The only good thing about this book is how quickly it is over.
The story focuses on best mates Mark and Pete who go to London for a night out. At the station they begin their journey at, Pete sees a sad-looking girl on the opposite platform, and quickly becomes obsessed with the idea of finding out who she is and helping her. On the way to London the men realise that they won’t have enough time to visit any nightclubs after the theatre show they have tickets for if they have to catch the last train home, so they find a hostel, run by Leila, the stereotypical “feisty” landlady. The London section is well paced and funny, and gives enough background info about Mark and Pete to make them sympathetic, but once they go back home the book deteriorates so quickly it’s almost beyond belief! The rest of this review will contain spoilers, but the book really isn’t good enough for you to be concerned about having the ending spoiled.
The following few months are rushed through, Pete becoming more and more obsessed with the girl he saw on the platform, seeing her again and eventually coming up with a plan to meet her and get her to like him. A normal, non-creepy version of this scenario would involve Pete asking her out on a date, etc, but instead he gets manipulative and after finding out her dog has recently died he buys a puppy which he then pretends he found abandoned – I imagine the reader is supposed to be thinking “Aaaww, puppy” but I was distracted by the fact that he was building their relationship on a basis of lies! I was looking forward to seeing how they’d resolve things once he told her what he’d done to get her to date him, but then the book jumps to six weeks later, when they become engaged, and he has yet to tell her the truth. I’m sure if they were real people she would be pretty confused if not completely horrified when finding out the truth after so long and such a big commitment, even though his lies hurt no-one, they were pretty big lies, but the author doesn’t deal with her reaction at all and just skips past Pete’s thoughts that he must tell his fiancée the truth through to the wedding party in the next paragraph.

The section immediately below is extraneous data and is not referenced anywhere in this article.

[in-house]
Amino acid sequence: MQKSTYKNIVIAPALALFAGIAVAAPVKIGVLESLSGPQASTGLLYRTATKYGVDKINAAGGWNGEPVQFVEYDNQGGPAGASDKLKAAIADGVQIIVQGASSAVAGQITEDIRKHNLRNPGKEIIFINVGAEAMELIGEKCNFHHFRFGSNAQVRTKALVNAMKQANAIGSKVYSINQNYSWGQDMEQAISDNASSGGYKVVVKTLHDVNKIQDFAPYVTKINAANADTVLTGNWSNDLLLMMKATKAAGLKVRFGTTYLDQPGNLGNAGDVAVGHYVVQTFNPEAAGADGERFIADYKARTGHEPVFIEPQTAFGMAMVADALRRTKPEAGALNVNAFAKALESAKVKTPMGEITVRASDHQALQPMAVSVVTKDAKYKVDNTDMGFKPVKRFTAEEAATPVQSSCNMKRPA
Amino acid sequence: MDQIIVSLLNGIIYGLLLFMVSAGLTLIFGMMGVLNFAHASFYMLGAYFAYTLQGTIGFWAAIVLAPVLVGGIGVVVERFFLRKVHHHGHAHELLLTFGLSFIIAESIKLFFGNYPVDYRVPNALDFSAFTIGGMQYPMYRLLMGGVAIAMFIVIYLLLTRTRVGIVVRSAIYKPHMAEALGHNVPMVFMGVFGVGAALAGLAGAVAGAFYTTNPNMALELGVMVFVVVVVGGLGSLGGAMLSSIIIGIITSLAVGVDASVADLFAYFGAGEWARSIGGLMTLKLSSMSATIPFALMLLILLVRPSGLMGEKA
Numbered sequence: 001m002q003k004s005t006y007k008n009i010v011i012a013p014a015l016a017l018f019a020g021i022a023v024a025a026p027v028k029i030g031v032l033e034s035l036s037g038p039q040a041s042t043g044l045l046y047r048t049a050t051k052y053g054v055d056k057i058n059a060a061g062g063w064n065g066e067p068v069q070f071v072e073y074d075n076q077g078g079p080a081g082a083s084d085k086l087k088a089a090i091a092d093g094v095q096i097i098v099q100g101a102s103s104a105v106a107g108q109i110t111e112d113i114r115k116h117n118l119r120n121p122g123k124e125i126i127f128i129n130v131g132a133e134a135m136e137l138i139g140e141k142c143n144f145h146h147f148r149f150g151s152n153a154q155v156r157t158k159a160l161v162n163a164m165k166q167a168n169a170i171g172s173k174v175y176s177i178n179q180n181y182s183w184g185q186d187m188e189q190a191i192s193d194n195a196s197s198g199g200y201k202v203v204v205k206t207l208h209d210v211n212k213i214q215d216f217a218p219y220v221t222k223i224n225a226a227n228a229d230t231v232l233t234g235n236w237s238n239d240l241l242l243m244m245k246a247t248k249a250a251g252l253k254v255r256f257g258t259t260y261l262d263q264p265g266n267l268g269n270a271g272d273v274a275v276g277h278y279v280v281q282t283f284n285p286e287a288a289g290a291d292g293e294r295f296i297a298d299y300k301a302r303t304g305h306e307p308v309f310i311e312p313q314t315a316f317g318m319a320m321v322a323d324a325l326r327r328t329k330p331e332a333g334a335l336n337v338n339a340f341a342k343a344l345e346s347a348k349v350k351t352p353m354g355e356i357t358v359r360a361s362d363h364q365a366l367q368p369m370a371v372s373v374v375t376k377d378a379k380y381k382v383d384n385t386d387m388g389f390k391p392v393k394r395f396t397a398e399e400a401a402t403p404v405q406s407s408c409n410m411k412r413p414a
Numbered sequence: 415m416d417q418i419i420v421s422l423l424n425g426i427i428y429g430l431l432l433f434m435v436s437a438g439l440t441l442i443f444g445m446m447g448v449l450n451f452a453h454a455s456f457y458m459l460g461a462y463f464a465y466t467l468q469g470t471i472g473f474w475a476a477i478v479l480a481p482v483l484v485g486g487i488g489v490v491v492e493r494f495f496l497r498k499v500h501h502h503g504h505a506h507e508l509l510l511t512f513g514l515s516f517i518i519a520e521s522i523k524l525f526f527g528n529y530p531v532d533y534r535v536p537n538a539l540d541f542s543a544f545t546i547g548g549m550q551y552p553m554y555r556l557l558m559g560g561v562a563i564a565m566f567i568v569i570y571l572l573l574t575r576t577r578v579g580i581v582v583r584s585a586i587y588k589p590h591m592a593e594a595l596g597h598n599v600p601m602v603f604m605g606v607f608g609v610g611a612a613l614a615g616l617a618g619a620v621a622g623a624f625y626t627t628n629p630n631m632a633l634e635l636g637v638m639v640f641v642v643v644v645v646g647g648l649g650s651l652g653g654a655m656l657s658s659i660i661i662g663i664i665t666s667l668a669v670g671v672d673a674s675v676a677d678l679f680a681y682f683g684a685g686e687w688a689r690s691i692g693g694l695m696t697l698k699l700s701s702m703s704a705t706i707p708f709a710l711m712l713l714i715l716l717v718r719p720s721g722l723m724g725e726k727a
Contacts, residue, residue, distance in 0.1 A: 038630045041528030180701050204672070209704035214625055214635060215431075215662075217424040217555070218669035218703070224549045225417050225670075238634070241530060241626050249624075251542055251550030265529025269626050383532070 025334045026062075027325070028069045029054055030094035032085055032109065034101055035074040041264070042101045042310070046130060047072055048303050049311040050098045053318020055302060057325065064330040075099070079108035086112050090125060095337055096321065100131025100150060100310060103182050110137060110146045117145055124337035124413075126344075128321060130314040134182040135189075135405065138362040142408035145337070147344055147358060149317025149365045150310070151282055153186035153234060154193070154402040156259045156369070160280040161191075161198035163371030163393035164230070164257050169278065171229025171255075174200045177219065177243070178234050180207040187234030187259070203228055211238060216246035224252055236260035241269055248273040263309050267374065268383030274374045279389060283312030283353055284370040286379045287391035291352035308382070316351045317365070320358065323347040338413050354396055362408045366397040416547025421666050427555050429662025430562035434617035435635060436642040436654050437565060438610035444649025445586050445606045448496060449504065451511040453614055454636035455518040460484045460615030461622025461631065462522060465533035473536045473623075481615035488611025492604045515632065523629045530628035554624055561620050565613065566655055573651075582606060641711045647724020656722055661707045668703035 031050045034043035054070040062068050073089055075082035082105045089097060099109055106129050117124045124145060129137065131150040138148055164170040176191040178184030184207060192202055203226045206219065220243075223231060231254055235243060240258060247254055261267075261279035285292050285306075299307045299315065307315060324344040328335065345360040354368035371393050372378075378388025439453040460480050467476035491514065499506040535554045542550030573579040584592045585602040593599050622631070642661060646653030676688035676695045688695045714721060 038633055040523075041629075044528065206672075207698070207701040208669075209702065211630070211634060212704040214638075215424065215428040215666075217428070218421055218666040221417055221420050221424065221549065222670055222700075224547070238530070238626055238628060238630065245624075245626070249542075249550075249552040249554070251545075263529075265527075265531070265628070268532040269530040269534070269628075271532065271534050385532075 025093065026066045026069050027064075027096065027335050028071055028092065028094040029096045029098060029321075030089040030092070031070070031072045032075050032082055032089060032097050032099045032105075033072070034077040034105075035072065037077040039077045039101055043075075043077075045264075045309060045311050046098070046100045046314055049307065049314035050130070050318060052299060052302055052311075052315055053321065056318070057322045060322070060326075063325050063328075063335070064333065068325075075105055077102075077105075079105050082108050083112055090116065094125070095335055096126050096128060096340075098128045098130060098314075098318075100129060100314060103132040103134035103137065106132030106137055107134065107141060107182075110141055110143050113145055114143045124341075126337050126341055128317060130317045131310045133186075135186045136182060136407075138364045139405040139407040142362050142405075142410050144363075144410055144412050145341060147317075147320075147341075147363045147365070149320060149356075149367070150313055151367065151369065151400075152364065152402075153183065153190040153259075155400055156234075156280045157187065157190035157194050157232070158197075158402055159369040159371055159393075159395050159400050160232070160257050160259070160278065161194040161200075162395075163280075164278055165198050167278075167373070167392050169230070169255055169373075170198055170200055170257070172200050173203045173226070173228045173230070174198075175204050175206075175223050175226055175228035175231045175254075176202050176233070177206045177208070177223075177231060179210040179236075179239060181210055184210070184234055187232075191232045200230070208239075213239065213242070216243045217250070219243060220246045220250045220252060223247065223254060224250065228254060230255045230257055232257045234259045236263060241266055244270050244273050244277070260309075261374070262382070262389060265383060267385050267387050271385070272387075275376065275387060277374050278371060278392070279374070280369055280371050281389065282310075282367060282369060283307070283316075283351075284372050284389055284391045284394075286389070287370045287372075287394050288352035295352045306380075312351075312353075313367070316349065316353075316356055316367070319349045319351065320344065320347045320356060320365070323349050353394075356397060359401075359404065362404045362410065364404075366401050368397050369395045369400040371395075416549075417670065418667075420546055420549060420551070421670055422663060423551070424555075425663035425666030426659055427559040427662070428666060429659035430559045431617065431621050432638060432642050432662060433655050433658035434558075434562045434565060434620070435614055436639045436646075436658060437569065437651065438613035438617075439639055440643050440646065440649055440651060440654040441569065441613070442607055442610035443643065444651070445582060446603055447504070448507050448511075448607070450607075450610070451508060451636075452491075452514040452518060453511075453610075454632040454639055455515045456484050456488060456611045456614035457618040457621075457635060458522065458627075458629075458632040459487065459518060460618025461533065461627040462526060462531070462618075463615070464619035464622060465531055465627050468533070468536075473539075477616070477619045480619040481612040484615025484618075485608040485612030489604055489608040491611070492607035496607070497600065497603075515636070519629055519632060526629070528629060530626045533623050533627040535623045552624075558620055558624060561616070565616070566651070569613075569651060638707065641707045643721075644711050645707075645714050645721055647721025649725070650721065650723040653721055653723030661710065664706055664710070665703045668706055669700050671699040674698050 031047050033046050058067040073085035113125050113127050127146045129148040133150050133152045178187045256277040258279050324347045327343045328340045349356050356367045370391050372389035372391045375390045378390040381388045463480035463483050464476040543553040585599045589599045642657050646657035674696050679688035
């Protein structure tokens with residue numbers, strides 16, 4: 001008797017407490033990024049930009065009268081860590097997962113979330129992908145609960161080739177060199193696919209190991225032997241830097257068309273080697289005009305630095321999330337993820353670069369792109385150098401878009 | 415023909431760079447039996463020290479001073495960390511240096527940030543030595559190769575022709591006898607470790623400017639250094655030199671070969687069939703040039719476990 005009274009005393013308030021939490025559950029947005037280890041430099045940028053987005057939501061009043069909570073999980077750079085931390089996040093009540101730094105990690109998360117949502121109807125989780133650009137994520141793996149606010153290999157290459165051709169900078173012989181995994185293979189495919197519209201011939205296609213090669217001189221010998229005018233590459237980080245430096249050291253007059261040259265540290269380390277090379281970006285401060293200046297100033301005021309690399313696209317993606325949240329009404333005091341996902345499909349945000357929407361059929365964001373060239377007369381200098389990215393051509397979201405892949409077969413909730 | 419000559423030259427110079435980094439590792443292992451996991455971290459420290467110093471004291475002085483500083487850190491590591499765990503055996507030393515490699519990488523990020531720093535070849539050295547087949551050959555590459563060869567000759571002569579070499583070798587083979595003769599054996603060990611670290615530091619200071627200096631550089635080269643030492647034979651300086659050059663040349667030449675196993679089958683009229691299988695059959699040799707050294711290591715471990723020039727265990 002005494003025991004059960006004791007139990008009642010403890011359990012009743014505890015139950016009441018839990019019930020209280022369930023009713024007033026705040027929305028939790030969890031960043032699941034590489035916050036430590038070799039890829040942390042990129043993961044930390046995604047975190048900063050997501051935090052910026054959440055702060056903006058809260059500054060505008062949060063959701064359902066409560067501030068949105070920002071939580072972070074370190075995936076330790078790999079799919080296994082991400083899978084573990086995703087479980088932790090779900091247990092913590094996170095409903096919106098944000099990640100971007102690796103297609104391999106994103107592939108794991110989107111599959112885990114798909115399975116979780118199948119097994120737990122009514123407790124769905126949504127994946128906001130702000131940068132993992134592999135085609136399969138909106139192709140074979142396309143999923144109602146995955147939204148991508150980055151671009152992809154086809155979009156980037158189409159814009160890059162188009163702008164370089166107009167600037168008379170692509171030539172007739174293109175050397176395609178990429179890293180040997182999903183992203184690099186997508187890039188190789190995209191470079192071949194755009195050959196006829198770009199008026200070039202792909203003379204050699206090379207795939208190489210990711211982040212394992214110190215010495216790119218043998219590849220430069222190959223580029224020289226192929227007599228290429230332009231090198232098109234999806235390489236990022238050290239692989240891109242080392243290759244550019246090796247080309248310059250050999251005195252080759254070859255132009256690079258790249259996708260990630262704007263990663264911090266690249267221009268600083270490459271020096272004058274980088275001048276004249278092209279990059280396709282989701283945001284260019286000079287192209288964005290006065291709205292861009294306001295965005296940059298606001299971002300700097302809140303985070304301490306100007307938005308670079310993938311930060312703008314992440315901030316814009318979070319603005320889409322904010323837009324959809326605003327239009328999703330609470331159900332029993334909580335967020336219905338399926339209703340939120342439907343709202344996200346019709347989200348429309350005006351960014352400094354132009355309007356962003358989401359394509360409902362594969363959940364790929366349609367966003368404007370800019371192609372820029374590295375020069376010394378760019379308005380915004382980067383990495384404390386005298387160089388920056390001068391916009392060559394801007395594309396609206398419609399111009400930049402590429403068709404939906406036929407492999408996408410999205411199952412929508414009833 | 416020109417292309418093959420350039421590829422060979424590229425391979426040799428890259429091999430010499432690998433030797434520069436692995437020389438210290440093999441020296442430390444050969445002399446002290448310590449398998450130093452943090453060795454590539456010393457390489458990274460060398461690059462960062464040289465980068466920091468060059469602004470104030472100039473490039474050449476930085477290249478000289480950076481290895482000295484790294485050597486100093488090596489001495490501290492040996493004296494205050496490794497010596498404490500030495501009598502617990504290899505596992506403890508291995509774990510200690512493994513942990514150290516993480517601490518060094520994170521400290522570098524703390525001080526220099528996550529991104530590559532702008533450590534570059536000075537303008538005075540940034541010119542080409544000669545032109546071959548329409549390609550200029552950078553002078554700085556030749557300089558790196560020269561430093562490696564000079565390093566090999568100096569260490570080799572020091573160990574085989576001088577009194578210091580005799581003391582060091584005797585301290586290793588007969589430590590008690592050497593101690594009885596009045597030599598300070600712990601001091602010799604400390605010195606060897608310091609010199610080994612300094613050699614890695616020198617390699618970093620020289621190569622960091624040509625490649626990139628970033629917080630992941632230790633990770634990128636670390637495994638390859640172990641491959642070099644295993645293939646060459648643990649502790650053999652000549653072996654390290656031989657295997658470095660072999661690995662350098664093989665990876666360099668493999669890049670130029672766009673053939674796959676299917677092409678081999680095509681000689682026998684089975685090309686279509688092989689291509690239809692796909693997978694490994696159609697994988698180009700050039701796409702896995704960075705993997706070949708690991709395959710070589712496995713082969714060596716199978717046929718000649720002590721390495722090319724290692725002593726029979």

On the upside, it does what it says on the cover, it is a quick read – I read the whole thing on a train journey from Edinburgh to London – and is only £1.99. But I get the impression this book was intended for people who don’t read very often in a patronising sort of way – the plot is so simplistic it’s insulting to the intelligence of the reader. Reading this will not teach you anything, you may even find it frustrating, but at least it’s not long enough to get tedious!